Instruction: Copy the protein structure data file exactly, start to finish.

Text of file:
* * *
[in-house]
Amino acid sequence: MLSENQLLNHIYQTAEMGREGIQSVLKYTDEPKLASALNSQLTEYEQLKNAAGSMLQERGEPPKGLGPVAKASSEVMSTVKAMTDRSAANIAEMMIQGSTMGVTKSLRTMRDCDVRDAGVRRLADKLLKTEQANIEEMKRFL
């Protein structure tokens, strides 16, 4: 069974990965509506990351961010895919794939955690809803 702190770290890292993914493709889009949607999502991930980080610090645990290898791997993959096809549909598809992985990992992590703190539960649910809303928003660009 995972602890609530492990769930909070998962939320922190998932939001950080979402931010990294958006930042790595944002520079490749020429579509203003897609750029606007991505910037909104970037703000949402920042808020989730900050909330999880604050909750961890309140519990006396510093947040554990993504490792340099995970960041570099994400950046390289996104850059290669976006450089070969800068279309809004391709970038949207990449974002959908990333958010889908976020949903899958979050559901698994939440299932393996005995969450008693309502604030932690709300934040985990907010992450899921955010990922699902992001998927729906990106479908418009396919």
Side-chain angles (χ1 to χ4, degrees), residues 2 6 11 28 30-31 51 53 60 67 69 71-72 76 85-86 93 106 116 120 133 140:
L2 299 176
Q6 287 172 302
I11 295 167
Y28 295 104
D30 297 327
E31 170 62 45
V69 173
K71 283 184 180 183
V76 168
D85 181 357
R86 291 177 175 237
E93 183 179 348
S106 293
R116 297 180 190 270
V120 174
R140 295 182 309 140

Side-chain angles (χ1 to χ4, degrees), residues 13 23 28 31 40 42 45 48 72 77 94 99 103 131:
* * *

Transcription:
[in-house]
Amino acid sequence: MLSENQLLNHIYQTAEMGREGIQSVLKYTDEPKLASALNSQLTEYEQLKNAAGSMLQERGEPPKGLGPVAKASSEVMSTVKAMTDRSAANIAEMMIQGSTMGVTKSLRTMRDCDVRDAGVRRLADKLLKTEQANIEEMKRFL
């Protein structure tokens, strides 16, 4: 069974990965509506990351961010895919794939955690809803 702190770290890292993914493709889009949607999502991930980080610090645990290898791997993959096809549909598809992985990992992590703190539960649910809303928003660009 995972602890609530492990769930909070998962939320922190998932939001950080979402931010990294958006930042790595944002520079490749020429579509203003897609750029606007991505910037909104970037703000949402920042808020989730900050909330999880604050909750961890309140519990006396510093947040554990993504490792340099995970960041570099994400950046390289996104850059290669976006450089070969800068279309809004391709970038949207990449974002959908990333958010889908976020949903899958979050559901698994939440299932393996005995969450008693309502604030932690709300934040985990907010992450899921955010990922699902992001998927729906990106479908418009396919």
Side-chain angles (χ1 to χ4, degrees), residues 2 6 11 28 30-31 51 53 60 67 69 71-72 76 85-86 93 106 116 120 133 140:
L2 299 176
Q6 287 172 302
I11 295 167
Y28 295 104
D30 297 327
E31 170 62 45
V69 173
K71 283 184 180 183
V76 168
D85 181 357
R86 291 177 175 237
E93 183 179 348
S106 293
R116 297 180 190 270
V120 174
R140 295 182 309 140

Side-chain angles (χ1 to χ4, degrees), residues 13 23 28 31 40 42 45 48 72 77 94 99 103 131: